I don't know about you, but I find this not just appalling, but nauseating. Think of poor, foggy old James Smithson envisioning his "Establishment for the increase & diffusion of knowledge." Lawrence Small seems to have seen it as just a giant pot of gold to be plundered, to support himself in the lifestyle to which he unaccountably imagines himself to be entitled.


Or at least somewhat right. What's more, it can also be used as a pilot plan for the eventual repayment of some of the other more egregious plunderings of the public till perpetrated on the Republican watch.

First, in the spirit of Mr. Small's famous "housing allowance," the successor to supreme regent Roger Sant [at right in the photo, with National Symphony Orchestra music director Leonard Slatkin], who must surely be resigning (just a little joke: he's not resigning if he can help it--management has already announced "reforms"), will begin by presenting Mr. Small with a bill for "room & board" in the amount of, oh, $2.500 a day. I don't know his precise length of employment, but if we figure it as seven years, that comes to $6,387,500.

Then, figuring Mr. Small should certainly have been entitled to two weeks' vacation, and maybe 10 sick days--and, what the hell, let's give the old boy two floating holidays a year--he reimburses the Smithsonian for all those other days off he took. (As for the $5.7 million he raked in for "outside work" during his tenure, well, that's between him and the outside employers. But if the work he did was of a caliber with what he contributed to the Smithsonian, they should certainly be encouraged to review their compensation issues.)

It goes without saying that all of Mr. Small's expense reports for those seven years--indeed anything else he was involved in that included $$$$$$--should be audited, with any shortfall added, with appropriate penalties, to his total tab.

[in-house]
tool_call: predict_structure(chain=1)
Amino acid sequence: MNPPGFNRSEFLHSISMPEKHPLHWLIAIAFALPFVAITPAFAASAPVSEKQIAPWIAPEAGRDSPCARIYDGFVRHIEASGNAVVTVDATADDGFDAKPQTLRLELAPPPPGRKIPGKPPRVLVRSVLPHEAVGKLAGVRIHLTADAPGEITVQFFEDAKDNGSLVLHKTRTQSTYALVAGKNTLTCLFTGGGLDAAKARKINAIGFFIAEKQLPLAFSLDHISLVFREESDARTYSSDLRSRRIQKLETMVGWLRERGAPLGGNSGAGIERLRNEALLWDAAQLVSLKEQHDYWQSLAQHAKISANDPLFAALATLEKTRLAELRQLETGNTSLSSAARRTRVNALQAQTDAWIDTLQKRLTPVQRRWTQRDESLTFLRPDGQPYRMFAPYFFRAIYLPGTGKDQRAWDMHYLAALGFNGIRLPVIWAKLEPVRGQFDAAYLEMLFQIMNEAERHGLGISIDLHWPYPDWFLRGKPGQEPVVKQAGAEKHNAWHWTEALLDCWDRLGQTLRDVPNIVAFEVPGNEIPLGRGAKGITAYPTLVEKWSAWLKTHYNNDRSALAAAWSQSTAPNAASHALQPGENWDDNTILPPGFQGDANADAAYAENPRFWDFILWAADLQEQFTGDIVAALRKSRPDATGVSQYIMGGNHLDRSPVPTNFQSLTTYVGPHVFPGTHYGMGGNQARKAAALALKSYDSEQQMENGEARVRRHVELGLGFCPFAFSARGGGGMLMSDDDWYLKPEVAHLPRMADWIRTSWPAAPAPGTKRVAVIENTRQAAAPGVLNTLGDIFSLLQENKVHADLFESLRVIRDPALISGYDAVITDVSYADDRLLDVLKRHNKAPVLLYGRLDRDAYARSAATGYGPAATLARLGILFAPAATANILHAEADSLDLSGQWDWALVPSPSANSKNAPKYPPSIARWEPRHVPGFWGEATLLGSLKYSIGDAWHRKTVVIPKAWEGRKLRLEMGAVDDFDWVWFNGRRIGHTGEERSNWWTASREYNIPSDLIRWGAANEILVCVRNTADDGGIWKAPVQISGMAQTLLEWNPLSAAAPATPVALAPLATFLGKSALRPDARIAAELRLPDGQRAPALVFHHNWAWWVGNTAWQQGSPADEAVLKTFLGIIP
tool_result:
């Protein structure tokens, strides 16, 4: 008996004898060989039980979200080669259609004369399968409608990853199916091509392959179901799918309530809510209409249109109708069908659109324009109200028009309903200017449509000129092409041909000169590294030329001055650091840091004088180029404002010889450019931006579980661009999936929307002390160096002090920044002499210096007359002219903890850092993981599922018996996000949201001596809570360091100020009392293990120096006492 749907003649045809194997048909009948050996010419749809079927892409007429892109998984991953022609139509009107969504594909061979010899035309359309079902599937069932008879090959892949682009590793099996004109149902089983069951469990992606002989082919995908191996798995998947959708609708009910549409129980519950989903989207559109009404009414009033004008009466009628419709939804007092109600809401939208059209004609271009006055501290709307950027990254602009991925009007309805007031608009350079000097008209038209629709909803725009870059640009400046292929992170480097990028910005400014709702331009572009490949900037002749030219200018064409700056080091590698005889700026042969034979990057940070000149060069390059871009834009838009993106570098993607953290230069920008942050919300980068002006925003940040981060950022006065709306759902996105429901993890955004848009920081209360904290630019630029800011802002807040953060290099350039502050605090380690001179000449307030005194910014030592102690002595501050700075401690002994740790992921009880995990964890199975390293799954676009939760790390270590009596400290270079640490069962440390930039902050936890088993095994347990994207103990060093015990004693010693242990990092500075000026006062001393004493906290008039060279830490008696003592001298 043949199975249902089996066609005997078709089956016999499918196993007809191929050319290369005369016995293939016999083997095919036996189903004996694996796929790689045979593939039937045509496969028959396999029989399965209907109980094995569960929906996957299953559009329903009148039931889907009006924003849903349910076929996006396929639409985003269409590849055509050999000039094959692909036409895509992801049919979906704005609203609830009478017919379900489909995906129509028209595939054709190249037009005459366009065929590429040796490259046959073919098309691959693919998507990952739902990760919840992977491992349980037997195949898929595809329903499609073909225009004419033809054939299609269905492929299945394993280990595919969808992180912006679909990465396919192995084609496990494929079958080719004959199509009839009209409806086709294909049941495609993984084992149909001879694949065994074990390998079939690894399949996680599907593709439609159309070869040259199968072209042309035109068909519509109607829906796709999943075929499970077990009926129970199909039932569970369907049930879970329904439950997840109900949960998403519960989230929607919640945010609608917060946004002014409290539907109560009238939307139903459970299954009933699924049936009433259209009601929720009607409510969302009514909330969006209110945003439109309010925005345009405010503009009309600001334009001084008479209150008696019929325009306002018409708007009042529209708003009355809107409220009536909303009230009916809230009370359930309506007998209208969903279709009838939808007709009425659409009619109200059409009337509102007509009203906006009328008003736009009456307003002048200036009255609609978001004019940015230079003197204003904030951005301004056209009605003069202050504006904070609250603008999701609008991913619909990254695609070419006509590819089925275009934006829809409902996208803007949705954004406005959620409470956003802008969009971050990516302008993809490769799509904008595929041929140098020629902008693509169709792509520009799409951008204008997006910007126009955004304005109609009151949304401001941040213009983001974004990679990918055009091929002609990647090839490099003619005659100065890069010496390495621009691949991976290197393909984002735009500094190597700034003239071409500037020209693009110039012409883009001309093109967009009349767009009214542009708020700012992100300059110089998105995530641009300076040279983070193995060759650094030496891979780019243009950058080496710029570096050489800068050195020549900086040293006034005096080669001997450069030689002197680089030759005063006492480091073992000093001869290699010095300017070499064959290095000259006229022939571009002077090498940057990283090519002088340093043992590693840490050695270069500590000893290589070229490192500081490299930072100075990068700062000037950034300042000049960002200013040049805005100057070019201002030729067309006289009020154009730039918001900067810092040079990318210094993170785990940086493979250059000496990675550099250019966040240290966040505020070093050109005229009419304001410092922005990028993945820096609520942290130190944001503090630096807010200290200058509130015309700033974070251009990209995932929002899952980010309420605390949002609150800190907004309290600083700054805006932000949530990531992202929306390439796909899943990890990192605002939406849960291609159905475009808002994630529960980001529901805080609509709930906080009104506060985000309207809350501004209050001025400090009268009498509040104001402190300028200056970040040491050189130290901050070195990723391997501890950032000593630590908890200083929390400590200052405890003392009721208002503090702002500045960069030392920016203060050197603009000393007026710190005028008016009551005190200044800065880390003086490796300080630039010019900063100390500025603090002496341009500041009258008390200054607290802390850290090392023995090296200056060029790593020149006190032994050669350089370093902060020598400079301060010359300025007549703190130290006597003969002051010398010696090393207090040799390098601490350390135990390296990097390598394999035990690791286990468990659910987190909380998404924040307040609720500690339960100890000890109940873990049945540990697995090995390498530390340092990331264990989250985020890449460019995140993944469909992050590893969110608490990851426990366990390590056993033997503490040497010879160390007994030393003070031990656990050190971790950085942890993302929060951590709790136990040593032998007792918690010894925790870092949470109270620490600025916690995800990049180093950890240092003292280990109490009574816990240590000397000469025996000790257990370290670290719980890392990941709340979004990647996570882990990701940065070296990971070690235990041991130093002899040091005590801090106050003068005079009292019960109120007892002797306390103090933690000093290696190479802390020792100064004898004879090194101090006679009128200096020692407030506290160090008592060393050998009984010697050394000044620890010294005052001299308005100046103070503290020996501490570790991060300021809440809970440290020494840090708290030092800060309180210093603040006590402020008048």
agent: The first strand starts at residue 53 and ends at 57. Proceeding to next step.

Mr. Small may argue that it's unfair to leave him holding the bag alone. This is a wee bit churlish, considering how little enthusiasm he showed for sharing the wealth when he was looting the premises, except in the case of his number two, Ms. Burke. Still, if he wants to try to seek contributions from the regents who hired him and made a joke of overseeing him, I say go for it! With special emphasis on the "small group" who dug him up.

Chief Justice Rehnquist has passed on, of course. But if his estate can't handle its share, I'll bet his spiritual as well as judicial heir, Chief Justice John Roberts, would be happy to pitch in.

Labels: , ,


At 6:23 PM, Blogger Kerri said...

Oh lord I hope all your wishes come true. What a truly reptilian creature that Small is.
Sorry to all the snakes and innocent reptiles out there. The Smithsonian magazine was always one of the two magazines I would subscribe to. This time around it doesn't seem nearly as likely to plum the depths as it were. I don't know if this slimeball had anything to do with it, but it is certainly lacking these days. I won't be renewing.

At 6:59 PM, Blogger Unknown said...

'Small "created an imperialistic and insular culture" that discouraged dissent, kept secrets and limited the flow of information to the Board of Regents, whose job it was to hire and oversee Small."
This sounds like the way Bush operates.
I like your style of retribution for criminality.I hope you`re on the jury when they try the Bush gang.


Post a Comment

<< Home